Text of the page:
When I tear down and replace, I’m going to try to correlate spring eye shape/slop with bushing wear.

The other thing to keep in mind is that the well supported bronze in the equalizer end shows quite a bit if wear/slop now (but nothing like the spring bushings) so it could be my driving habits (dirty rough roads) or quirk of my trailer (why I’m doing the cross members).

Quote:
Originally Posted by JohnB View Post
Hi Tod,

30 to 40 years ago, yes I am dating myself... I had tested a lot of plastic bushings. They have their place but many of them would fail fast if the contact pressure loads where very high on a small bushing. They would basically squirt and wear thin.

But in the last 10 some years, mega advances have come. New materials have come out and before I retired we were testing one inside a food sterilizer machine. This is a hot, wet (steam heated water) environment and trying to hold lube inside was useless. We had to go with outboard bearings and then mechanical seals to hold the water back. We tried a lot of bushings inside years ago and they all failed.

But with new advancements in polymers and finding the right makeup, darn they made it work. We are talking 1,000's of pounds of pressure on the bushing. The surface finish on the shaft had to be polished almost to a mirror finish. But the bushing held up as long as we could pump water lube through it.

Point is, if Lippert is using a material like that, and by feeling them and looking at them, they are not the Delrins, UHMW's, Peak or other plastics out there. I'm really hoping they will work. But.... time will only tell.

To the spring, you used the word ream. Meaning a tool steel fluted reamer. My first thought is, it will dull your reamer really quick. You are trying to remove material that can easily be seen with the human eye. If you were trying to ream out 0.0005" or 0.0015" then reamers work. Even up to 0.010" on softer materials but some of the leaf spring eyes may need a lot more out of them to create 100% contact surface.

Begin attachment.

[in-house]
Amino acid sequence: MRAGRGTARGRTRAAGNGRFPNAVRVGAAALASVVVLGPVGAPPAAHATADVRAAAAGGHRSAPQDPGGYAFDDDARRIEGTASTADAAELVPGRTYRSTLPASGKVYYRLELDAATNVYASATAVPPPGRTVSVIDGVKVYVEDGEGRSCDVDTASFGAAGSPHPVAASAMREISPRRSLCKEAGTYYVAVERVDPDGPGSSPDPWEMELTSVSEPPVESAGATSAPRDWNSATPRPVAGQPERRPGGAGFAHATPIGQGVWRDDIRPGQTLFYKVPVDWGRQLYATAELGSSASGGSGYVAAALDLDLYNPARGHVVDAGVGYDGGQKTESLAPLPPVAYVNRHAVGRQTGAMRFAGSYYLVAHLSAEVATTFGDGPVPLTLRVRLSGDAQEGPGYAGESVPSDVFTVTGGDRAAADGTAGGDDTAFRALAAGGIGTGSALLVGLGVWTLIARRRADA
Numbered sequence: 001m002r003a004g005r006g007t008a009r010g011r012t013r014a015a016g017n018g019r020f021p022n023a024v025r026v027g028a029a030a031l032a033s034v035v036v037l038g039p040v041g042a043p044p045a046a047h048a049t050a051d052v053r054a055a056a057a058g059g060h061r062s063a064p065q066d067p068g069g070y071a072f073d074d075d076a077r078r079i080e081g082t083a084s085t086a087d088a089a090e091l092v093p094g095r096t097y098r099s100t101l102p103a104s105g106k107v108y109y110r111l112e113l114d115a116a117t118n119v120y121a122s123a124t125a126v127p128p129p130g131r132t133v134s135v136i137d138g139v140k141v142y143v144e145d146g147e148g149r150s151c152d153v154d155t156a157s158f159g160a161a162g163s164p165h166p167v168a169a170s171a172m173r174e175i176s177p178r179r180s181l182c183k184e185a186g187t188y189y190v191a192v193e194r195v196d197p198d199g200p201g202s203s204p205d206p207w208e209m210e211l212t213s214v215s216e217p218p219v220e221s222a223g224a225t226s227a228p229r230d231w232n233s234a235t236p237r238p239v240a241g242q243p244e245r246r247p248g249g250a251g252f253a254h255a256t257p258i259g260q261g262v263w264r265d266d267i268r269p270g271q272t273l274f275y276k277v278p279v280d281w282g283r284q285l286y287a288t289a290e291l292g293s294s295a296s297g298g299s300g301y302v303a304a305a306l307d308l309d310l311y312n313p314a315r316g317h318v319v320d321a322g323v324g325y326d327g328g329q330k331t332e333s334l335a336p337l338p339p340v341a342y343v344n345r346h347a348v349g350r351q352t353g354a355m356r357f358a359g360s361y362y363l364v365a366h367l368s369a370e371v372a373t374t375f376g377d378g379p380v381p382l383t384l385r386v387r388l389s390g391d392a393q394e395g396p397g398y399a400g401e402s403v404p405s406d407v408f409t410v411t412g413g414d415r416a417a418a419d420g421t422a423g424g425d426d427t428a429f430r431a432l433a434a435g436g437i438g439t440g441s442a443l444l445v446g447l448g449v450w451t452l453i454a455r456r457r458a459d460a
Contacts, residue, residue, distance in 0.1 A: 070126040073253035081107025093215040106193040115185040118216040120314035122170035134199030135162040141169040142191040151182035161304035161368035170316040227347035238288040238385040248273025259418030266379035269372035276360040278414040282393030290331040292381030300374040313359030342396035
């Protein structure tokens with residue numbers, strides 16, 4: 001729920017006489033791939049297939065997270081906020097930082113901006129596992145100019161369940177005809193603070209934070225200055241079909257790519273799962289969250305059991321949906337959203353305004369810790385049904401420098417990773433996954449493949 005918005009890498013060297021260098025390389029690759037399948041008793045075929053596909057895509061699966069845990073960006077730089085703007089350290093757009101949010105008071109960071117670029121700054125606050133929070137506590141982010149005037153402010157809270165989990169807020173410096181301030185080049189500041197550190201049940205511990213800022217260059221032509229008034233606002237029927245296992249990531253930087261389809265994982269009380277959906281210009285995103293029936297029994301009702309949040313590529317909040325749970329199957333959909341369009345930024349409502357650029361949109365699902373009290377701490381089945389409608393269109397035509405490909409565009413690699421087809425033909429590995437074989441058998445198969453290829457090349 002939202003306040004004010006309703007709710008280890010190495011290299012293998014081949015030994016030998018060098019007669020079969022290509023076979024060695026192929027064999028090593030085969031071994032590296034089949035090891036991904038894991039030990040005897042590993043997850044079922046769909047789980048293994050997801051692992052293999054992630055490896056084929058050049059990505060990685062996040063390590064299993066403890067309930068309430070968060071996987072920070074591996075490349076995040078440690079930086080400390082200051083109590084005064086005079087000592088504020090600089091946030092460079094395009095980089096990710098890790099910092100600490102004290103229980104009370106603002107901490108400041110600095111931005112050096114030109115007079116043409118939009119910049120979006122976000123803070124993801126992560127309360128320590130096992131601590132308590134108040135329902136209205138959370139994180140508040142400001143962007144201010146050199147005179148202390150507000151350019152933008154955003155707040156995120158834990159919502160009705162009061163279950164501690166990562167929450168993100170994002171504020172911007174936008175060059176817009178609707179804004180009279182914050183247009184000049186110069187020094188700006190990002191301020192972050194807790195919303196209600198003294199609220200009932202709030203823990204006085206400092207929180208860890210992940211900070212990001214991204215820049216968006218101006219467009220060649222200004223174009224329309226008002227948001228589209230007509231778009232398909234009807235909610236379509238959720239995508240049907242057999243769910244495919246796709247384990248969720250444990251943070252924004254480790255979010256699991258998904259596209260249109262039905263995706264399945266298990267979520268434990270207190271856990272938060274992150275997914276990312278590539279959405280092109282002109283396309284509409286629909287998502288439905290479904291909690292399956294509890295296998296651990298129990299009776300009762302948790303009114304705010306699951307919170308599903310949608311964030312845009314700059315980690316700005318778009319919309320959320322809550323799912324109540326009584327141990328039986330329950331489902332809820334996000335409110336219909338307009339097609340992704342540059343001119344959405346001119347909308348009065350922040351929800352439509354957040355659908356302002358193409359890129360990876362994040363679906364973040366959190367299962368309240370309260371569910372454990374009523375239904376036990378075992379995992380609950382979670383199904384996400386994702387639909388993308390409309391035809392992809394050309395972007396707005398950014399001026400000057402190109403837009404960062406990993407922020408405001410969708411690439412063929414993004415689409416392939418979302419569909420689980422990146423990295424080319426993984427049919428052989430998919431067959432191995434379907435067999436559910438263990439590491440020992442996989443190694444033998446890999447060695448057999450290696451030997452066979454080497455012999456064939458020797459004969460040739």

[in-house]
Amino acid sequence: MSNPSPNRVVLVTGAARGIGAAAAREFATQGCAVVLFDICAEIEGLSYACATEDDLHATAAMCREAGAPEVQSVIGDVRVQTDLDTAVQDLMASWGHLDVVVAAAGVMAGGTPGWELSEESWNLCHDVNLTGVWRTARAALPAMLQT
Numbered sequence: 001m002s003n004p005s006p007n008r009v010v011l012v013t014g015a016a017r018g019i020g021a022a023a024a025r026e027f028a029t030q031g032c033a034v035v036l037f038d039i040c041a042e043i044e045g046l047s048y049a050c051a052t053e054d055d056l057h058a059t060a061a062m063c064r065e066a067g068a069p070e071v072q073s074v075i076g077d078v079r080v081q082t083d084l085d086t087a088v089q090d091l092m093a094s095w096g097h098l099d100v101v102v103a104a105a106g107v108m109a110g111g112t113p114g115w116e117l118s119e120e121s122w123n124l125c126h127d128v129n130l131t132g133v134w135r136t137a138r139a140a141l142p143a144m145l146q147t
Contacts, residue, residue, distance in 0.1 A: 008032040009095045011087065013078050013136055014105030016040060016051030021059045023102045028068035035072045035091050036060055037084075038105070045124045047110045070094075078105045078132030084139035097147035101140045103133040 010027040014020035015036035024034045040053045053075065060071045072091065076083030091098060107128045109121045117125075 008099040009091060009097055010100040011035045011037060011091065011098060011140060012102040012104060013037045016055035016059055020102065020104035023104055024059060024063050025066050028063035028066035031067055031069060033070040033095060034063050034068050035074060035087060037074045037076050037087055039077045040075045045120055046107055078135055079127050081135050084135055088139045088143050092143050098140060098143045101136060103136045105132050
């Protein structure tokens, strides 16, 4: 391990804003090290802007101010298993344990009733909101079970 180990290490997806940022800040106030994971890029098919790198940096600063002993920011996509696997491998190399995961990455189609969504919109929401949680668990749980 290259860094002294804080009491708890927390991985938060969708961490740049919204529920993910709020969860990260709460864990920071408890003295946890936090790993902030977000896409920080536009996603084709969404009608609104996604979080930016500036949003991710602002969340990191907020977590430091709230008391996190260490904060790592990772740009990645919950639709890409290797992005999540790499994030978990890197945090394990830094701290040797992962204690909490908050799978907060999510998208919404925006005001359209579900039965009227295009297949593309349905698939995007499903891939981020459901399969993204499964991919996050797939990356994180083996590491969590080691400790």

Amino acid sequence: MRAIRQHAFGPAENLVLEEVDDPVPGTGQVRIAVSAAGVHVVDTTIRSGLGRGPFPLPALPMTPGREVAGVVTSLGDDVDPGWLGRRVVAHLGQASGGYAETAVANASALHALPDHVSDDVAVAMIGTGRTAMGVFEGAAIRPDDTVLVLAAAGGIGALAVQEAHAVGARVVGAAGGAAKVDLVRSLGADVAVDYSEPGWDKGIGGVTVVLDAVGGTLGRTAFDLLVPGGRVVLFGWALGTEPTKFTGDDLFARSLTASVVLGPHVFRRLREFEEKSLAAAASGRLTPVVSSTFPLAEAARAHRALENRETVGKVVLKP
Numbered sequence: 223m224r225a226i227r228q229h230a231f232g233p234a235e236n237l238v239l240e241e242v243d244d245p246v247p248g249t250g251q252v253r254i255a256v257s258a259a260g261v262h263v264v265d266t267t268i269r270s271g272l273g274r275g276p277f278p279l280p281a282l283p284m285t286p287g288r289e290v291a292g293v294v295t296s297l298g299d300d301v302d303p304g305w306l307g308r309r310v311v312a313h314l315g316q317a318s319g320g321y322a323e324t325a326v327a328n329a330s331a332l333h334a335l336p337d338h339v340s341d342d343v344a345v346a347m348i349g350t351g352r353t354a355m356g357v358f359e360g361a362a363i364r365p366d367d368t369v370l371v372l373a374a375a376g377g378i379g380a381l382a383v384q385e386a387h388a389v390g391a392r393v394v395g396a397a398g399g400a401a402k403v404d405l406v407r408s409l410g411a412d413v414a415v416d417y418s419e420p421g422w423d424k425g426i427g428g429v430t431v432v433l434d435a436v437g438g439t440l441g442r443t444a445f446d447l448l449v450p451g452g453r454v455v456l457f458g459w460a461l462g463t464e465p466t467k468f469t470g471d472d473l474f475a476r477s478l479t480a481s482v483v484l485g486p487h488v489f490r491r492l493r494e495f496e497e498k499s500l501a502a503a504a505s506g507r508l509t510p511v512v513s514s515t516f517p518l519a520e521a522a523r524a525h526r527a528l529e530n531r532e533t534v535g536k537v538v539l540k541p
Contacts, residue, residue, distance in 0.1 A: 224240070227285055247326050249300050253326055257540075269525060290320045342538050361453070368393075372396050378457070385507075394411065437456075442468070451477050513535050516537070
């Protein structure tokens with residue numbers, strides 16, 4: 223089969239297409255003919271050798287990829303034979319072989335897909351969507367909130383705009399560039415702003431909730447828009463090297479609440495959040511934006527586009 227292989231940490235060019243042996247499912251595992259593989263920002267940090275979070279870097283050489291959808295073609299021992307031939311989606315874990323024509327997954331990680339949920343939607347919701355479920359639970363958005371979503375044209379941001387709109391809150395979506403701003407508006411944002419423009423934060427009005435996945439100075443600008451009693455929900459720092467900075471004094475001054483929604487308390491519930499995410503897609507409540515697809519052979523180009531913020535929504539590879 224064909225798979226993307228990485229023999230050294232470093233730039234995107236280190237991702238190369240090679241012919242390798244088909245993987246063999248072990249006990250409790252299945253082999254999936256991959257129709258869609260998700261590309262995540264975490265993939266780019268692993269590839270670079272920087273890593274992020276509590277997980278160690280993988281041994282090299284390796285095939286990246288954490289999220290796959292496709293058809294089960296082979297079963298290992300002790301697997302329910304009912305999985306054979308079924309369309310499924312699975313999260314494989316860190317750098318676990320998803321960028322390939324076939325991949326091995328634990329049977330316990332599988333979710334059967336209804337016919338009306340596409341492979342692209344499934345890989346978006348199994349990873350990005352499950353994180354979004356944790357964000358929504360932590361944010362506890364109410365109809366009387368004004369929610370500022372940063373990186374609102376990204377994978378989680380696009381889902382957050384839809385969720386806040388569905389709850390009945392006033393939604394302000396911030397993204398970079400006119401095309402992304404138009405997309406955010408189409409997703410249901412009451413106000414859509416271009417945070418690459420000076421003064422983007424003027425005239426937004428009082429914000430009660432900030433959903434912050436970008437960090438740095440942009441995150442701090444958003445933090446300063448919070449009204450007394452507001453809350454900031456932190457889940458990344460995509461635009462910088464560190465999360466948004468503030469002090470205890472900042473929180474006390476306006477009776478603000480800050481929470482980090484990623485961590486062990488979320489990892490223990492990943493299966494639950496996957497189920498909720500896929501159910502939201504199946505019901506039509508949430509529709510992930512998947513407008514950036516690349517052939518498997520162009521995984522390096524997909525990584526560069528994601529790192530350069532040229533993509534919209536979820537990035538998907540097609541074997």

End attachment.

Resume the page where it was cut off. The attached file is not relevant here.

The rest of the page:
There are many ways to make leaf springs, some are so hard the only thing you can do is grind or EDM burn it it once it is formed and tempered.

Ask your Dad, to do a precision grinding operation on that many holes is doable but it is a lot of work. The hole needs to be dead true if your going after 100% back supported bushings. It would need a precision machine to do this.

If carbide would cut the spring, a milling machine with a carbide tipped boring bar may be an option that is more practical then grinding. I just don't know how much material you will need to remove to get full cleanup. And then is the spring a weaker at the location?

Going to steel bushings, we are again constrained on the size to fit in the spring eye. If you are going with steel bushings, then the spring bolts will have to be changed. They are only a grade 5 bolt for all practical purposes. If you put a hard steel bushing in, then the pins will start wearing.

This one is a tough nut to crack with such cheaply made parts.

While we are on wild ideas... Right now you have 7 pivots per side, or 7 bronze bushings including the equalizer. or 14 bushings total.

There is a suspension conversion that will change a lot of that. The number of bushings would go from 14 down to 4. I cannot find the links right now, but they change from leaf springs with 2 eyes and shackles with an equalizer to slipper springs and no equalizer. Basically there is a slipper spring front and rear and the slipper part is in the middle. This creates independent wheel suspension. They were selling these kits for large 5th wheels but it was marketed on trailers too. I think Lippert may have bought them out. If this is of interest, I'll hunt some more. This would leave you with only 4 bushings to deal with and no shackles or equalizer. I think they used Never Fail bushings in it too.
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Old 09-21-2018, 09:45 AM   #10
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Originally Posted by Tod Osier View Post
The other thing to keep in mind is that the well supported bronze in the equalizer end shows quite a bit if wear/slop now (but nothing like the spring bushings) so it could be my driving habits (dirty rough roads) or quirk of my trailer (why I’m doing the cross members).
I just got parts from dexter and will temper the statement about the wear in the equalizer end. I said “quite worn” and comparing to new parts, I would now say “noticeably worn” or minimally worn. There is more play, but not radically more than the new parts, the bushing also is evenly worn.

An interesting note the new wet bolts from dexter that came in the shackles, but not the individual ones, appear to be sourced from the same place as morryde. They are plated silver now, the singles from dexter are still black. I have the morryde and dexter in hand and they appear identical.